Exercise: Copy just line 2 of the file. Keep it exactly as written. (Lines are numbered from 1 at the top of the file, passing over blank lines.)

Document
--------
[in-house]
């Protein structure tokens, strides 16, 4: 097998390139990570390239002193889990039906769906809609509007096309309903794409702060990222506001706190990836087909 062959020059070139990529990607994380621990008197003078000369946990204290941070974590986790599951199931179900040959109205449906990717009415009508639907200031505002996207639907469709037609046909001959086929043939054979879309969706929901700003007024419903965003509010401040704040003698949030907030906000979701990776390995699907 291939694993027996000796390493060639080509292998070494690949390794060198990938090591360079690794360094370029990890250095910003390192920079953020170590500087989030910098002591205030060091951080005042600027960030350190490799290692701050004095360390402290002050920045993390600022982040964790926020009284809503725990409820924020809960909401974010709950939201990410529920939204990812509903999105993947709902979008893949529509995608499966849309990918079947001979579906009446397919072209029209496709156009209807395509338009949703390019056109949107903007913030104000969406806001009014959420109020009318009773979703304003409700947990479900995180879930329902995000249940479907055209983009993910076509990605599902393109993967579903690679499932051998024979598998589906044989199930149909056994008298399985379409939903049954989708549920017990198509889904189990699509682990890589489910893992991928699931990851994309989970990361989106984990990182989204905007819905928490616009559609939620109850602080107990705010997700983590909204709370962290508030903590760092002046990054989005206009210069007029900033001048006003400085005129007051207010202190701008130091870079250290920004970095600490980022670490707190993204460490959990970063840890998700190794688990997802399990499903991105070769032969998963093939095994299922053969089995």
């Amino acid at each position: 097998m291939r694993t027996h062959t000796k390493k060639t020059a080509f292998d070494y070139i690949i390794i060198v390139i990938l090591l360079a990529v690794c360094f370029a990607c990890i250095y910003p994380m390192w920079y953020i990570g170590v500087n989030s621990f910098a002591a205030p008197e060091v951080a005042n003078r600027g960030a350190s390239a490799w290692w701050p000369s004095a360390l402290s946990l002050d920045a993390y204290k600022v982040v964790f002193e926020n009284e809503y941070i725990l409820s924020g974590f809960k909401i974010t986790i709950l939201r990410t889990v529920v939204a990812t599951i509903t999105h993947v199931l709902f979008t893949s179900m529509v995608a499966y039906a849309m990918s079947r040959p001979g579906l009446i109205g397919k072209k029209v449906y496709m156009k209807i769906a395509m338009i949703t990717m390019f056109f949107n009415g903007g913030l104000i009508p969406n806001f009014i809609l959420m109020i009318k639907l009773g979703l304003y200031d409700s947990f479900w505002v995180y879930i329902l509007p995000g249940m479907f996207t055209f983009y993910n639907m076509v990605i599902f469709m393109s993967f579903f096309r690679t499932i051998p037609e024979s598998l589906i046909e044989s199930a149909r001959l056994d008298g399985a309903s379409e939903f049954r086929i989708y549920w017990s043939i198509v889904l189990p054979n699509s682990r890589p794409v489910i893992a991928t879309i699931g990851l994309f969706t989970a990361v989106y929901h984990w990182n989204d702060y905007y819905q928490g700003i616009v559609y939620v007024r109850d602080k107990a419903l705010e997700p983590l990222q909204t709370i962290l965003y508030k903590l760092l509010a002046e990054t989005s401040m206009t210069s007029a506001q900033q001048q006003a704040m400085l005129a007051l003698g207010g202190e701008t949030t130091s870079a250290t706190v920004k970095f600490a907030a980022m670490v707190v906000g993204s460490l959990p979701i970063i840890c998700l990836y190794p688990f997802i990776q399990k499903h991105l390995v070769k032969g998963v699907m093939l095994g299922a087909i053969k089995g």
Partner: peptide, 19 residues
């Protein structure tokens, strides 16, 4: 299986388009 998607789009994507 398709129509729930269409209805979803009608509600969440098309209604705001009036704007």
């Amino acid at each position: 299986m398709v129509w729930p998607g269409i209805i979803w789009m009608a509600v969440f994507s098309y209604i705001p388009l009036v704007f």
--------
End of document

């Protein structure tokens, strides 16, 4: 097998390139990570390239002193889990039906769906809609509007096309309903794409702060990222506001706190990836087909 062959020059070139990529990607994380621990008197003078000369946990204290941070974590986790599951199931179900040959109205449906990717009415009508639907200031505002996207639907469709037609046909001959086929043939054979879309969706929901700003007024419903965003509010401040704040003698949030907030906000979701990776390995699907 291939694993027996000796390493060639080509292998070494690949390794060198990938090591360079690794360094370029990890250095910003390192920079953020170590500087989030910098002591205030060091951080005042600027960030350190490799290692701050004095360390402290002050920045993390600022982040964790926020009284809503725990409820924020809960909401974010709950939201990410529920939204990812509903999105993947709902979008893949529509995608499966849309990918079947001979579906009446397919072209029209496709156009209807395509338009949703390019056109949107903007913030104000969406806001009014959420109020009318009773979703304003409700947990479900995180879930329902995000249940479907055209983009993910076509990605599902393109993967579903690679499932051998024979598998589906044989199930149909056994008298399985379409939903049954989708549920017990198509889904189990699509682990890589489910893992991928699931990851994309989970990361989106984990990182989204905007819905928490616009559609939620109850602080107990705010997700983590909204709370962290508030903590760092002046990054989005206009210069007029900033001048006003400085005129007051207010202190701008130091870079250290920004970095600490980022670490707190993204460490959990970063840890998700190794688990997802399990499903991105070769032969998963093939095994299922053969089995």